Learning how to price alcoholic beverages in your bar or restaurant involves finding a calculated balance between profit and customer satisfaction. On one hand, you want to gain the most profit for your business, but on the other, you need to retain value for the customer’s dollar. This balance includes many factors including beverage cost and overhead. Let’s dive in and get down to the nuts and bolts of how to find the best beverage cost for your business.
Know Your Alcohol Cost
When all is said and done, it’s important that your products make a profit for your business. The first – and most important thing – is to consider your total beverage cost. By definition, the beverage cost equals how much you are paying for your beer, wine and liquor/cocktail recipe.
Experts suggest an ideal beverage cost of 20 to 30 percent of the sale price. Meaning, the price you pay per drink should be 20 – 30 percent of the price you charge your customers. If you know the cost of your drink’s recipe, then you’ll be ahead of the curve for this equation.
For bottles or pints of beer, you’ll need to know how many pints are in each keg or how many bottles are in each case. For wine, you’ll need to have a good handle on how many x-ounce size glasses are poured per bottle. As for cocktails, you’ll need to price out each measured ingredient, and then add them together to come to a total cost per drink.
Pricing Example for a Cosmopolitan Recipe:
The Amount Paid for the Ingredients per Recipe:
1.5 oz Vodka = $1.20
.5 oz Cointreau = $0.70
1.5 oz Cranberry Juice = $0.12
Squeeze of Lime = $0.05
Lime zest, garnish = $0.05
Recipe Total: $2.12
With this information, you can figure out the best menu price for a reasonable profit.
Since $2.12 represents 20%, or 1/5, of your drink price, multiply your drink cost by 5 to reach your final menu price.
The Ideal Beverage Cost is: 20%
The Math: $2.12 x 5 = $10.60
The Menu Price: $10.60
In order to make a profit, you need to know how much you are paying for your inventory. Once you’ve priced out the cost per recipe, you can mark up your drinks accordingly to ensure that enough money is collected to cover business expenses (rent/mortgage, labor, equipment, etc.) while still making a profit.
Analyze the Competition
Unless you’re opening up a bar in an incredibly remote area, chances are you’ll have some competition to work with. Even greater are the chances that customers will be comparing your menu to the competition. Because this is the likely case, you’ll need to get a feel for what the competition is offering and charging. From there, you can determine a price range in your area with an acceptable maximum that customers will pay for beverages.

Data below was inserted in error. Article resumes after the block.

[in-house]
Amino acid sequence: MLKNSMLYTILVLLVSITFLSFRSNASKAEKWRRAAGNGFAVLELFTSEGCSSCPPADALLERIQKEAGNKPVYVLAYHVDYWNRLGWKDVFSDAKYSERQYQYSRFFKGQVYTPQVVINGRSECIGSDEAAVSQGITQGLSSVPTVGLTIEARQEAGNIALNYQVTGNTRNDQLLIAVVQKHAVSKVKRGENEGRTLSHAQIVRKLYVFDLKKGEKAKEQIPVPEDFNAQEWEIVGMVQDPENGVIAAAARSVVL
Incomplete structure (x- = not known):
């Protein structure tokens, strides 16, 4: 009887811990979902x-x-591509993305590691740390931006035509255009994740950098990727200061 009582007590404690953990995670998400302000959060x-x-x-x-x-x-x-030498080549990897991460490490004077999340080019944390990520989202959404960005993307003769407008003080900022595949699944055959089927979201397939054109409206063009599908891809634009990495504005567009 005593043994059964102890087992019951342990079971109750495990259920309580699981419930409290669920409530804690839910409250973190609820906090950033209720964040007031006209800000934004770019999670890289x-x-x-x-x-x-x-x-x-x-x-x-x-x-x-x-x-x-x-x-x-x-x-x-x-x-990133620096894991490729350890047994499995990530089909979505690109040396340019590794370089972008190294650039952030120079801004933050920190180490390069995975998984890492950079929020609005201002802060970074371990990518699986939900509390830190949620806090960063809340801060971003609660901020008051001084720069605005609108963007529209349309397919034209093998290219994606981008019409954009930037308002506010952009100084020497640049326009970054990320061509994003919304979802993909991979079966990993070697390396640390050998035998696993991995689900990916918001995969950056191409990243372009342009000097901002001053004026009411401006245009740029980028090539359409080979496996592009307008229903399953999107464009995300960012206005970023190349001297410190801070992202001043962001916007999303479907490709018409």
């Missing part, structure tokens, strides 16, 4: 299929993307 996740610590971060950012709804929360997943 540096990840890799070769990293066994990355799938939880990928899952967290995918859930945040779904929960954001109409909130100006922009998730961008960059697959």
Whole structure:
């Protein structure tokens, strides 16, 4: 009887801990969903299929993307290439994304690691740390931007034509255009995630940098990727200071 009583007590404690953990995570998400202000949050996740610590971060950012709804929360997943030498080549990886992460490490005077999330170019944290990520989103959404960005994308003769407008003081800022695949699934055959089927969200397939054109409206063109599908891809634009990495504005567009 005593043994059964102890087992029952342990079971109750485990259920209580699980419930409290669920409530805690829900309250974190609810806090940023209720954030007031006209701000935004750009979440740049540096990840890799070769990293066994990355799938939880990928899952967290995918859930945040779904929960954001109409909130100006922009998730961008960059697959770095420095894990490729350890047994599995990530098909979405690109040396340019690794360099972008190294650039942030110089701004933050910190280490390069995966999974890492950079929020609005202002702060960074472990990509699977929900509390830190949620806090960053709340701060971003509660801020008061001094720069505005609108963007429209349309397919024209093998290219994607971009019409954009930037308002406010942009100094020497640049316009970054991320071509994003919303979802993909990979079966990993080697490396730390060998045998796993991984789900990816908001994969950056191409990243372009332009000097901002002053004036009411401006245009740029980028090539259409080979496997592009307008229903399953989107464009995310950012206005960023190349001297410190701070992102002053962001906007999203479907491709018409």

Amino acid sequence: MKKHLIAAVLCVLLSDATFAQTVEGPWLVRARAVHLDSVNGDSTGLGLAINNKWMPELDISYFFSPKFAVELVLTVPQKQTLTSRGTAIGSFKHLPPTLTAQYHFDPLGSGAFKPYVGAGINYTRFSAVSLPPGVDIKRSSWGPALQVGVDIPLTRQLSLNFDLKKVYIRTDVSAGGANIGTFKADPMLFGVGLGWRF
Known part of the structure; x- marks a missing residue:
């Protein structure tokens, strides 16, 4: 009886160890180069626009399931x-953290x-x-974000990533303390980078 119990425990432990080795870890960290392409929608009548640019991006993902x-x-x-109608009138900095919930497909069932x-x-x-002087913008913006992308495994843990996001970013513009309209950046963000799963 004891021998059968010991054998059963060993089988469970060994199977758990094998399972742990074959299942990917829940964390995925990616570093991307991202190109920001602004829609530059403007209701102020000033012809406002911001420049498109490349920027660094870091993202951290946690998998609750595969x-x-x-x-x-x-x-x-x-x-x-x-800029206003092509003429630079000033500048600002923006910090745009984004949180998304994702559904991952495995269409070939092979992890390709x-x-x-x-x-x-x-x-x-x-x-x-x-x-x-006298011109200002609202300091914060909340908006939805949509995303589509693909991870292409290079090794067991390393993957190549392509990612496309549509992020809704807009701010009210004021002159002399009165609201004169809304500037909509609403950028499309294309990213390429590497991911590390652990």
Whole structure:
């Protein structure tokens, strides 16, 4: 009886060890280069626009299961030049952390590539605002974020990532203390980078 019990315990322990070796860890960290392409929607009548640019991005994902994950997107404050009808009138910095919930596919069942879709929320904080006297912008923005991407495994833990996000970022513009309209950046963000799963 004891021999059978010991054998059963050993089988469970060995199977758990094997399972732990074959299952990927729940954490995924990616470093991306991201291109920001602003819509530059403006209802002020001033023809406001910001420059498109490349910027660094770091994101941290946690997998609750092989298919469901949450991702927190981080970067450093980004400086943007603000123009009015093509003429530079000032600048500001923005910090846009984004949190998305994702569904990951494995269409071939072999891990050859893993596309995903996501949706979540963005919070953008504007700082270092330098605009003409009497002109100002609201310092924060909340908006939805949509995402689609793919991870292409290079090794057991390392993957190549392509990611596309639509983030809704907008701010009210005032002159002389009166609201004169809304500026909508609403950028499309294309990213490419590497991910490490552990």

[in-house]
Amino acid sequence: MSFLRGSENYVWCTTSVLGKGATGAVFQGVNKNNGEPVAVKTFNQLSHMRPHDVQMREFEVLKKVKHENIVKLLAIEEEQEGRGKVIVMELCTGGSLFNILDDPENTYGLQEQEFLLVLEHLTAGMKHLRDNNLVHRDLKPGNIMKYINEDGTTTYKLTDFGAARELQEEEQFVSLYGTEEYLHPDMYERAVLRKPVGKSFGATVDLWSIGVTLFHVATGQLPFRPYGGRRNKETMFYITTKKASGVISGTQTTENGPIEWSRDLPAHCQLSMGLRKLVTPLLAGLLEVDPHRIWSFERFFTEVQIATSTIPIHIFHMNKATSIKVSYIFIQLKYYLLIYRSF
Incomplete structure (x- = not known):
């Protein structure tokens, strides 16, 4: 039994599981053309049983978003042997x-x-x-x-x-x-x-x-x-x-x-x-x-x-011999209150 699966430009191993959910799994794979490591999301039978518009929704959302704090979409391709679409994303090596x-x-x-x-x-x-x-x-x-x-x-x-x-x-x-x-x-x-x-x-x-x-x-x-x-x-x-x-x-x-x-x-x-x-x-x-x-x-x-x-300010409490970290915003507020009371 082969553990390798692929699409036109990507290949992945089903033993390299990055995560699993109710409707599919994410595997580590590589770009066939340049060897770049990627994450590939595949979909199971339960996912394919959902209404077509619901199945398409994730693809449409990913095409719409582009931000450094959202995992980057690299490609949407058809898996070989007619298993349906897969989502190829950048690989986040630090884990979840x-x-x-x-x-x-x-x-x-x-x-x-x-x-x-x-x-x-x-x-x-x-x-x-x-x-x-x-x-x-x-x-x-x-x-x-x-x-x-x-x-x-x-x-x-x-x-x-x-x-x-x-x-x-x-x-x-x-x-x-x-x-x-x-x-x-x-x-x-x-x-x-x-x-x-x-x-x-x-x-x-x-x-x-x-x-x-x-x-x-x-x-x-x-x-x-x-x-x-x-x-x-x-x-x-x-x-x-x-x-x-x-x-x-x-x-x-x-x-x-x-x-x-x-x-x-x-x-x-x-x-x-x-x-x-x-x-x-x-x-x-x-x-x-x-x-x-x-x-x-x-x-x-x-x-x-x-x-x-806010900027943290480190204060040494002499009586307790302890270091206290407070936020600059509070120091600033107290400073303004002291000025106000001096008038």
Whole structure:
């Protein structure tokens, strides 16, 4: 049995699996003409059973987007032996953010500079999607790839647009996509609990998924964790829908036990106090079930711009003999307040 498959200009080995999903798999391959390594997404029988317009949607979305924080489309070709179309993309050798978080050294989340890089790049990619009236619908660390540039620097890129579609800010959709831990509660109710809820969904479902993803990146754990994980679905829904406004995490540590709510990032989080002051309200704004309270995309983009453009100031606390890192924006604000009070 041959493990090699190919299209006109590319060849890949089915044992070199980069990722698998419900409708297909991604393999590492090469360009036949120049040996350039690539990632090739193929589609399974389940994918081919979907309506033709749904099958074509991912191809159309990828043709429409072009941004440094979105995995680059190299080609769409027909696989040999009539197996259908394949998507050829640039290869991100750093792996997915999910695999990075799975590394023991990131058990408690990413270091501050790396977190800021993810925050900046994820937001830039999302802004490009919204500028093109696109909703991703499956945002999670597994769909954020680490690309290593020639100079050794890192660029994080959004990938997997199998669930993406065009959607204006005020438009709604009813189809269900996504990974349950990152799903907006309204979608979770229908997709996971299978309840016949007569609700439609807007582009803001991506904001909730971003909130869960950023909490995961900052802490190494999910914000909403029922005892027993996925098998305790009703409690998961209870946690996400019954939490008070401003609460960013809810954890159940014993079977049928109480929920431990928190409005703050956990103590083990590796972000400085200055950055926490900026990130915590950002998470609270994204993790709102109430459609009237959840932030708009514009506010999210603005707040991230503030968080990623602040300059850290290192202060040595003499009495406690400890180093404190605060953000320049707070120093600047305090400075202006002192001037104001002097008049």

Competitive Analysis Example:
If the four-star restaurant downtown charges $12 for a cocktail, but the neighborhood bar on the corner charges $4 for a cocktail, then you know you are probably safe to price your cocktails somewhere between $4 and $12, depending on the quality of ingredients and level of service you offer.
Establish Standard Recipes for Each Drink
Standardization is key when it comes to making drinks. For example, if all of your bartenders make long island iced teas differently, it will be very difficult to accurately track your ingredients and cost. This can result in a loss of profit and inventory. Standardization keeps costs even and builds a set of quality expectations for your customers.
Charge for Entertainment
Bars or restaurants that offer entertainment have a few options when it comes to pricing. Usually the bar pays a band, artist or other group to entertain, so subsequently the establishment needs to come up with the money to pay for it.
Introduce a cover charge. Often, managers or owners will introduce a cover charge on the nights when they provide entertainment. Guests pay $10 to get in, and this helps cover the charge for the band.
Charge for masterful preparation.
Some drinks can be priced higher because they require more skill to make. Additionally, flair bartending can be considered a form of entertainment and skill even though it takes place behind the bar. Since this kind of bartending adds an element of perceived difficulty and performance, the bar manager can charge more for drinks.
Price for Promotions
Who doesn’t love a good happy hour? Happy hours vary across the board, from once a week to three times a day in some bars. Specials like this are designed to draw customers into your bar at off-peak times with lower prices than usual. Although bars may be making less profit per drink by offering lower prices, they hope to make up for it in volume. Bring in a lot of people during your specials, and your sales volume may just bring in more profit for you in the long run.
Pricing Example by Volume:
During a 4-hour period, your bar typically sells 100 cocktails at $4.00 each.
You lower the price to $2.00 per drink for the same 4-hour period and your bar attracts 300 people.
$4/drink x 100 = $400.00
$2/drink x 300 = $600.00
By lowering prices for a limited time, you could potentially make an extra $200.00 in sales.
If you make that cocktail with a slightly different kind of liquor for your promotion period, something that perhaps you can get a volume discount on, then you can increase your sales by more. This is a common tactic to make the most money on promotional drinks.
In the end, pricing depends on the following:
- The amount you pay for your inventory
- The target market you hope to attract
- The resulting profit you want to achieve.
Of course, you need to charge more than you paid for your beer, wine and liquor, but charging outrageous prices will leave you high and dry without any paying customers. Price your beverages accordingly to keep your bar in business and keep your customers coming back for more.
Illustrations by the talented Roman Martinez for FSW